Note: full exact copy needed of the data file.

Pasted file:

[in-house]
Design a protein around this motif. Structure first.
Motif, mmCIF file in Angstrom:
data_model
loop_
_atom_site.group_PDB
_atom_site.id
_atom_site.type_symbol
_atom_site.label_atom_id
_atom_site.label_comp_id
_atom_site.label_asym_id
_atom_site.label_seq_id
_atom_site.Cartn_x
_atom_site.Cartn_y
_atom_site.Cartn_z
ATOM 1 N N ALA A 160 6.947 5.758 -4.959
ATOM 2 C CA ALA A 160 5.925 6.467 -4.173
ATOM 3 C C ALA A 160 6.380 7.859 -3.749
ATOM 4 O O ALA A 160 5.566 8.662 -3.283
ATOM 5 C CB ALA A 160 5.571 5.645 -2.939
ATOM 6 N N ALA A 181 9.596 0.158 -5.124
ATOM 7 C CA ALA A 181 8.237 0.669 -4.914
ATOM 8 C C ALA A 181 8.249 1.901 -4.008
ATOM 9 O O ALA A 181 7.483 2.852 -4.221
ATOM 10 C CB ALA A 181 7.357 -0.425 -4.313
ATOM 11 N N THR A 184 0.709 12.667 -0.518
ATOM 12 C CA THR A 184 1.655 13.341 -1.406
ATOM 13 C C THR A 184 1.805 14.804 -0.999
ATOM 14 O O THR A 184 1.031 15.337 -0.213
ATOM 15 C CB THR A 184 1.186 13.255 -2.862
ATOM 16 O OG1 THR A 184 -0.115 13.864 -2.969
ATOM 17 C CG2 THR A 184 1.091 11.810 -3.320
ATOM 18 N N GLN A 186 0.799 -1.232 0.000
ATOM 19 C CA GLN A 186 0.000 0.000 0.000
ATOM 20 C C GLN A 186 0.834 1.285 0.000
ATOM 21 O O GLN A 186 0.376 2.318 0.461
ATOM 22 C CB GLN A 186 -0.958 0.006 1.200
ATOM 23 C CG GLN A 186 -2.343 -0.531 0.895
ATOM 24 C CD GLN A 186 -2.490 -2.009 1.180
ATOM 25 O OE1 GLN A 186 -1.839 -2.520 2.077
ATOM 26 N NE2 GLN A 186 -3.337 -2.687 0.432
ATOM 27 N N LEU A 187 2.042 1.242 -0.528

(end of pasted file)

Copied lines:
[in-house]
Design a protein around this motif. Structure first.
Motif, mmCIF file in Angstrom:
data_model
loop_
_atom_site.group_PDB
_atom_site.id
_atom_site.type_symbol
_atom_site.label_atom_id
_atom_site.label_comp_id
_atom_site.label_asym_id
_atom_site.label_seq_id
_atom_site.Cartn_x
_atom_site.Cartn_y
_atom_site.Cartn_z
ATOM 1 N N ALA A 160 6.947 5.758 -4.959
ATOM 2 C CA ALA A 160 5.925 6.467 -4.173
ATOM 3 C C ALA A 160 6.380 7.859 -3.749
ATOM 4 O O ALA A 160 5.566 8.662 -3.283
ATOM 5 C CB ALA A 160 5.571 5.645 -2.939
ATOM 6 N N ALA A 181 9.596 0.158 -5.124
ATOM 7 C CA ALA A 181 8.237 0.669 -4.914
ATOM 8 C C ALA A 181 8.249 1.901 -4.008
ATOM 9 O O ALA A 181 7.483 2.852 -4.221
ATOM 10 C CB ALA A 181 7.357 -0.425 -4.313
ATOM 11 N N THR A 184 0.709 12.667 -0.518
ATOM 12 C CA THR A 184 1.655 13.341 -1.406
ATOM 13 C C THR A 184 1.805 14.804 -0.999
ATOM 14 O O THR A 184 1.031 15.337 -0.213
ATOM 15 C CB THR A 184 1.186 13.255 -2.862
ATOM 16 O OG1 THR A 184 -0.115 13.864 -2.969
ATOM 17 C CG2 THR A 184 1.091 11.810 -3.320
ATOM 18 N N GLN A 186 0.799 -1.232 0.000
ATOM 19 C CA GLN A 186 0.000 0.000 0.000
ATOM 20 C C GLN A 186 0.834 1.285 0.000
ATOM 21 O O GLN A 186 0.376 2.318 0.461
ATOM 22 C CB GLN A 186 -0.958 0.006 1.200
ATOM 23 C CG GLN A 186 -2.343 -0.531 0.895
ATOM 24 C CD GLN A 186 -2.490 -2.009 1.180
ATOM 25 O OE1 GLN A 186 -1.839 -2.520 2.077
ATOM 26 N NE2 GLN A 186 -3.337 -2.687 0.432
ATOM 27 N N LEU A 187 2.042 1.242 -0.528